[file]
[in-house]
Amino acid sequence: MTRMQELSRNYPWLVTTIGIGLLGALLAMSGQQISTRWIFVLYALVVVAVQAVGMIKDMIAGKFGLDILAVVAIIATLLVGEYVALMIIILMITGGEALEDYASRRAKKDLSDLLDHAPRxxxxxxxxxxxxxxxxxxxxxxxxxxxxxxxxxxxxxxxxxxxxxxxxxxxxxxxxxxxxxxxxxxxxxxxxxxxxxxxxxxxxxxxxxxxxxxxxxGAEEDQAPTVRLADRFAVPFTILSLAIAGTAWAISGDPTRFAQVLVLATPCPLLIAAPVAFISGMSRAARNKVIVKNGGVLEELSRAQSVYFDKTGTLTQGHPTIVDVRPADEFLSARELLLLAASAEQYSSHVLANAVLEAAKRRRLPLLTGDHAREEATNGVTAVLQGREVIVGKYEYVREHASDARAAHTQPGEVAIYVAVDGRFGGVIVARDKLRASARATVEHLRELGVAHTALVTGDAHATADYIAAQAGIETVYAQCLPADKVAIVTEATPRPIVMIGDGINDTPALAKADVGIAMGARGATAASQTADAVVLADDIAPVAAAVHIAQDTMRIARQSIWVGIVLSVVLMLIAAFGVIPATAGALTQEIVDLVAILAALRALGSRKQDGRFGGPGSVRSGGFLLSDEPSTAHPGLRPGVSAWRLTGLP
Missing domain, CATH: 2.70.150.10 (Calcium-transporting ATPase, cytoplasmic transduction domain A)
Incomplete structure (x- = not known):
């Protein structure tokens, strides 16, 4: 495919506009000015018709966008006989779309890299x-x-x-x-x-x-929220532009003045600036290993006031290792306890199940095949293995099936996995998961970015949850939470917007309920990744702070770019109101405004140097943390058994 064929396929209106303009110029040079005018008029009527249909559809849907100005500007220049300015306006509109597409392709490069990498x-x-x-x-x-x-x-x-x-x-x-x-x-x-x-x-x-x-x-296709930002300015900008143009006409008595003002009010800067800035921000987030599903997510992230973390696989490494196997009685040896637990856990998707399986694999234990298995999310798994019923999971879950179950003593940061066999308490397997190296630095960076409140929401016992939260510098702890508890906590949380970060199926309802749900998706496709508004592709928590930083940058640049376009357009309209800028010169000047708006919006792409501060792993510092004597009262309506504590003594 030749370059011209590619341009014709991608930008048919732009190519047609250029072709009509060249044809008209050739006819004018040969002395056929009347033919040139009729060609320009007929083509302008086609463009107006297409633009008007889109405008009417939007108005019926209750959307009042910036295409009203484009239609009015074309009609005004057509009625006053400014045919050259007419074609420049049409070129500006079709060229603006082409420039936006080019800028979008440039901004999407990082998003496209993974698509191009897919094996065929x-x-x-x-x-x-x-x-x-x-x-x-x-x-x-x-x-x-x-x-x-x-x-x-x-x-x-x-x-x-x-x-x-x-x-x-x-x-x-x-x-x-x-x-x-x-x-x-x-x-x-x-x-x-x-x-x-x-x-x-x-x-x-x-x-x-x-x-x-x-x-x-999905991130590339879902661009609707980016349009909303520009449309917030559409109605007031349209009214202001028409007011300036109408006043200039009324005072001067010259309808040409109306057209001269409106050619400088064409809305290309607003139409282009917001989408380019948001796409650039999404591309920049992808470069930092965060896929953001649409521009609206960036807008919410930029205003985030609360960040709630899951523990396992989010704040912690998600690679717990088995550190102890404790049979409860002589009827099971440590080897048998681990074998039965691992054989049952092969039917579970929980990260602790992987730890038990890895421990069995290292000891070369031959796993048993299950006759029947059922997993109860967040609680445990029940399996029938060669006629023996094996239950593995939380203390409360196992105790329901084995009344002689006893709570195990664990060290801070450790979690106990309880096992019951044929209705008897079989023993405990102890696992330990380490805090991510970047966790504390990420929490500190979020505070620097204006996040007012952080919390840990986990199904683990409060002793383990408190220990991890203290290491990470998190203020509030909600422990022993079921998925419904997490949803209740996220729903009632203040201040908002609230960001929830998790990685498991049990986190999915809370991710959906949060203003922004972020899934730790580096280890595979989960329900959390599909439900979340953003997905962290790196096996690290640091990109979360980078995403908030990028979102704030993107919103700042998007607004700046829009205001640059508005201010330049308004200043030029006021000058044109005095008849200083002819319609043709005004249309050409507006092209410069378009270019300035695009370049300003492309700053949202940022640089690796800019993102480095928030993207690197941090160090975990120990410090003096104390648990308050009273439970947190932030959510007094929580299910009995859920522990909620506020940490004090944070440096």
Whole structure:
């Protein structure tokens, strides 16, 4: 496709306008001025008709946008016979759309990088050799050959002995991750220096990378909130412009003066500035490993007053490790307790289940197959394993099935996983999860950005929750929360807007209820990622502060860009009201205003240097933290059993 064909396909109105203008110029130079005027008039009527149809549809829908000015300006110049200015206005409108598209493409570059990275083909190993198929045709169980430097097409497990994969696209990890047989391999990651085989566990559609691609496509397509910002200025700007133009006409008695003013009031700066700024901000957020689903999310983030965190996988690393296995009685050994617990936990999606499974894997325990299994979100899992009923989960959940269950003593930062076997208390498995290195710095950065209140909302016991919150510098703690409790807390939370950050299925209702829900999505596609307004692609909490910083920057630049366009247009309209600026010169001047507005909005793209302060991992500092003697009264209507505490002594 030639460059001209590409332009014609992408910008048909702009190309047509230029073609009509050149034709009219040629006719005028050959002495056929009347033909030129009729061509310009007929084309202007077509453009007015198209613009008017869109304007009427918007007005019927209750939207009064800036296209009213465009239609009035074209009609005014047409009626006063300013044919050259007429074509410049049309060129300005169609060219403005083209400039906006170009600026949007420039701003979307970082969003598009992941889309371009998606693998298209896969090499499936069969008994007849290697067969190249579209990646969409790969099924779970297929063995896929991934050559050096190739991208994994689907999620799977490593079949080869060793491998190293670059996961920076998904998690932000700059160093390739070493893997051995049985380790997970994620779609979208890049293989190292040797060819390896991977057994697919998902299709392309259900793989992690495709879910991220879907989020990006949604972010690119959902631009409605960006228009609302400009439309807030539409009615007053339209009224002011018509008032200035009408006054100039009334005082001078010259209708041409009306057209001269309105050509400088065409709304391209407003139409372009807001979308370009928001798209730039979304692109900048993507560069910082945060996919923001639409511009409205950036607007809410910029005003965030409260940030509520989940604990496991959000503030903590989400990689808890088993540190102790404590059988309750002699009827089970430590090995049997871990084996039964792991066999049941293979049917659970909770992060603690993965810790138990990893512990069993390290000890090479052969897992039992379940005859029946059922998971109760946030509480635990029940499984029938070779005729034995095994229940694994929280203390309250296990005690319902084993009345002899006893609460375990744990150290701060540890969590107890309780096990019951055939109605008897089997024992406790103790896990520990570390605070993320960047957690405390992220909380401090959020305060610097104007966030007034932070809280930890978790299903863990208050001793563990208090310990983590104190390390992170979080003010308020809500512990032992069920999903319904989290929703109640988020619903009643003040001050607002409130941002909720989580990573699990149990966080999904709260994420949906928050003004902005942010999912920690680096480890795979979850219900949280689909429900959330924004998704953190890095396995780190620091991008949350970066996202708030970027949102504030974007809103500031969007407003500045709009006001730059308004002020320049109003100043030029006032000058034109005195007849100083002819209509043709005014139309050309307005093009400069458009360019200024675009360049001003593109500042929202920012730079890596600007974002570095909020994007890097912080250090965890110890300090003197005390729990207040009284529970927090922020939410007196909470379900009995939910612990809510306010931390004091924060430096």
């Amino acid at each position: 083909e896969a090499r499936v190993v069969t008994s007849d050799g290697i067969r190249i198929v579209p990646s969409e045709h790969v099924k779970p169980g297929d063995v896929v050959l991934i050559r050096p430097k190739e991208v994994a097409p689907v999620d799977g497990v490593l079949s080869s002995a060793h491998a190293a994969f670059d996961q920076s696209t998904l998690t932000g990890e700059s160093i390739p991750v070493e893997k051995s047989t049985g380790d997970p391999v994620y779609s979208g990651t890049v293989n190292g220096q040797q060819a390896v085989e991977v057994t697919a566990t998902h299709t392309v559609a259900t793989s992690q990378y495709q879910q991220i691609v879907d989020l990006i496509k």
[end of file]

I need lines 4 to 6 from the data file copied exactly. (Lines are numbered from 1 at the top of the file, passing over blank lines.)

Incomplete structure (x- = not known):
């Protein structure tokens, strides 16, 4: 495919506009000015018709966008006989779309890299x-x-x-x-x-x-929220532009003045600036290993006031290792306890199940095949293995099936996995998961970015949850939470917007309920990744702070770019109101405004140097943390058994 064929396929209106303009110029040079005018008029009527249909559809849907100005500007220049300015306006509109597409392709490069990498x-x-x-x-x-x-x-x-x-x-x-x-x-x-x-x-x-x-x-296709930002300015900008143009006409008595003002009010800067800035921000987030599903997510992230973390696989490494196997009685040896637990856990998707399986694999234990298995999310798994019923999971879950179950003593940061066999308490397997190296630095960076409140929401016992939260510098702890508890906590949380970060199926309802749900998706496709508004592709928590930083940058640049376009357009309209800028010169000047708006919006792409501060792993510092004597009262309506504590003594 030749370059011209590619341009014709991608930008048919732009190519047609250029072709009509060249044809008209050739006819004018040969002395056929009347033919040139009729060609320009007929083509302008086609463009107006297409633009008007889109405008009417939007108005019926209750959307009042910036295409009203484009239609009015074309009609005004057509009625006053400014045919050259007419074609420049049409070129500006079709060229603006082409420039936006080019800028979008440039901004999407990082998003496209993974698509191009897919094996065929x-x-x-x-x-x-x-x-x-x-x-x-x-x-x-x-x-x-x-x-x-x-x-x-x-x-x-x-x-x-x-x-x-x-x-x-x-x-x-x-x-x-x-x-x-x-x-x-x-x-x-x-x-x-x-x-x-x-x-x-x-x-x-x-x-x-x-x-x-x-x-x-999905991130590339879902661009609707980016349009909303520009449309917030559409109605007031349209009214202001028409007011300036109408006043200039009324005072001067010259309808040409109306057209001269409106050619400088064409809305290309607003139409282009917001989408380019948001796409650039999404591309920049992808470069930092965060896929953001649409521009609206960036807008919410930029205003985030609360960040709630899951523990396992989010704040912690998600690679717990088995550190102890404790049979409860002589009827099971440590080897048998681990074998039965691992054989049952092969039917579970929980990260602790992987730890038990890895421990069995290292000891070369031959796993048993299950006759029947059922997993109860967040609680445990029940399996029938060669006629023996094996239950593995939380203390409360196992105790329901084995009344002689006893709570195990664990060290801070450790979690106990309880096992019951044929209705008897079989023993405990102890696992330990380490805090991510970047966790504390990420929490500190979020505070620097204006996040007012952080919390840990986990199904683990409060002793383990408190220990991890203290290491990470998190203020509030909600422990022993079921998925419904997490949803209740996220729903009632203040201040908002609230960001929830998790990685498991049990986190999915809370991710959906949060203003922004972020899934730790580096280890595979989960329900959390599909439900979340953003997905962290790196096996690290640091990109979360980078995403908030990028979102704030993107919103700042998007607004700046829009205001640059508005201010330049308004200043030029006021000058044109005095008849200083002819319609043709005004249309050409507006092209410069378009270019300035695009370049300003492309700053949202940022640089690796800019993102480095928030993207690197941090160090975990120990410090003096104390648990308050009273439970947190932030959510007094929580299910009995859920522990909620506020940490004090944070440096």
Whole structure: